Vladimir Putin has failed in his plan to capture Kyiv, with Moscow on Tuesday pledging to withdraw forces from the Ukrainian capital.
Russia claimed the withdrawal from Kyiv and the city of Chernihiv was to build trust in “constructive” peace negotiations.
Talks in Istanbul broke up on Tuesday after Ukraine offered to make itself permanently neutral if the UK, other Western powers and China provided military protection from future Russian aggression. But hours later, heavy shelling resumed in Kyiv.
Vladimir Medinsky, Russia’s chief negotiator, claimed Moscow did not want to “put Kyiv at military risk” because people whose decisions could bring peace, such as Volodymyr Zelensky, the Ukrainian president, were there.
But he said “de-escalation does not mean a ceasefire” and warned that there was still “a long way to go” before a deal could be signed.
Mr Zelensky on Tuesday night urged the world not to trust any Russian promises as fresh explosions rocked the capital.
“Of course, we see all the risks. Of course, we don’t have a reason to trust the words of representatives of a country that wages war against us,” he said. “Ukrainians are not naive.”
Boris Johnson said Putin could still seek to “twist the knife” despite Russia’s faltering invasion as the Cabinet decided to step up military aid to Ukraine.
After a call with the leaders of the UK, France, Germany and Italy, Joe Biden, the US president, said the West would “keep strong the sanctions” while following Moscow’s next moves.
Washington believes the withdrawal of troops from near Kyiv is merely a redeployment after the Russian invasion became bogged down in the north of the country.
Antony Blinken, the US secretary of state, said Russia’s “brutalisation” of Ukraine “continues as we speak”.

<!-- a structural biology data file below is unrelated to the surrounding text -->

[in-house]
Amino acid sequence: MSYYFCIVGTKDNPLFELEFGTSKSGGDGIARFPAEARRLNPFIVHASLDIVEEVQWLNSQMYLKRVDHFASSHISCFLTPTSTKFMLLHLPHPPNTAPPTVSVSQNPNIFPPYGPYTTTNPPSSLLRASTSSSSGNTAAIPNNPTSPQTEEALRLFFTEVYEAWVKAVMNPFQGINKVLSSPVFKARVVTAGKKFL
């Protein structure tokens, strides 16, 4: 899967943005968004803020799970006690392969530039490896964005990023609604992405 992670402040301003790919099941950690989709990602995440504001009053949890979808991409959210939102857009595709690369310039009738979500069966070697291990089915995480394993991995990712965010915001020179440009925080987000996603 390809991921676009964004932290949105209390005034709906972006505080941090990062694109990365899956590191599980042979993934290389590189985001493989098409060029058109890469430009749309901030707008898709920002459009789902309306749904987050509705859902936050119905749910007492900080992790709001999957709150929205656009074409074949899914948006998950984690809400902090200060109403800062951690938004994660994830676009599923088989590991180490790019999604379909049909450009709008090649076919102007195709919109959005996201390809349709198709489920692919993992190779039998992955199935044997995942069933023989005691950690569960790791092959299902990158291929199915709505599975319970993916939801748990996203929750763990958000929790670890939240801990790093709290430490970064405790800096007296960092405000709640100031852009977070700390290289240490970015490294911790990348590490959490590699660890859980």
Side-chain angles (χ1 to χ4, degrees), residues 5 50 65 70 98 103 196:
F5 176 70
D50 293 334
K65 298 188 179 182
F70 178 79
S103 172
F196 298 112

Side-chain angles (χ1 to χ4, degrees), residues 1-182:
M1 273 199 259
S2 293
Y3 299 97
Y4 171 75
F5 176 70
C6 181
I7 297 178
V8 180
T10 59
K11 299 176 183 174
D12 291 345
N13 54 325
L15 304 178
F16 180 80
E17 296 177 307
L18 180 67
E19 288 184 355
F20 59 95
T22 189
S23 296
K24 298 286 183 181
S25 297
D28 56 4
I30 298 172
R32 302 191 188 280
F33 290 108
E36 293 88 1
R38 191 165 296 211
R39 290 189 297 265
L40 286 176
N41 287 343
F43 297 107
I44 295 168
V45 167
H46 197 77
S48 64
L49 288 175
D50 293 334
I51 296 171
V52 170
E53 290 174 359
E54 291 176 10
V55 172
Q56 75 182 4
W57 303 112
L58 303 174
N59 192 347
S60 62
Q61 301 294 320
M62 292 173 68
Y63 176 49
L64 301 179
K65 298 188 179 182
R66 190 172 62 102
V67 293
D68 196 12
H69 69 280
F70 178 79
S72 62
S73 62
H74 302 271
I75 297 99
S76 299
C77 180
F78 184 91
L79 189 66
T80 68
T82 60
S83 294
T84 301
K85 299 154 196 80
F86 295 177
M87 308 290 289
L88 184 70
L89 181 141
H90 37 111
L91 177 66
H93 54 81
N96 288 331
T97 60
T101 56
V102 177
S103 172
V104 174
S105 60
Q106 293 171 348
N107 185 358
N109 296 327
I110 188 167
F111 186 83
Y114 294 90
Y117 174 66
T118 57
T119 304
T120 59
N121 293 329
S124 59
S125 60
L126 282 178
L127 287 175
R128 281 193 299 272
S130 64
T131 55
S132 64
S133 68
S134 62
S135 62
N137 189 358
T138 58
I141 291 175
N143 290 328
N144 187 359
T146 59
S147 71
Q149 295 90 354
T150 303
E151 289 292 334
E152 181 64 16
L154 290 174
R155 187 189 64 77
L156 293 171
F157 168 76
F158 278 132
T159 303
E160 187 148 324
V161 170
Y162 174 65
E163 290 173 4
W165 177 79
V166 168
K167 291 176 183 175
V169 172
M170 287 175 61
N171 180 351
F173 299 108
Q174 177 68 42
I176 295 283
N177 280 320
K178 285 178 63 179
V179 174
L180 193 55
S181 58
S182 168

US officials warned that the world should be prepared for more major offensives elsewhere.
John Kirby, the Pentagon spokesman, said Russia had “failed in its objective of capturing Kyiv” but cautioned that the capital remained surrounded.
Putin’s close ally General Sergei Shoigu, the Russian defence minister, said the army’s priority was now the “liberation” of the Donbas in the east of the country, where two Russian-backed rebel regions broke away from Ukraine in 2014.
A Western official said the Russians were reinforcing the Donbas with battalion tactical groups to “envelop” Ukrainian forces in the area.
Denis Pushilin, a separatist leader, said the self-proclaimed, Russian-backed Donetsk People’s Republic would consider joining Russia once it controlled the whole Donetsk region.
Ukrainian forces have recently appeared to make significant territorial gains around Kyiv, Kharkiv and Kherson. They pushed Russian forces back from around Kyiv, including in the nearby town of Irpin, an important gateway to the capital.
“Our men crushed them and forced them to get back, so we will celebrate,” said Volkov Kostiantyn, a Kyiv resident. “But no alcohol until the war ends. Just coffee.”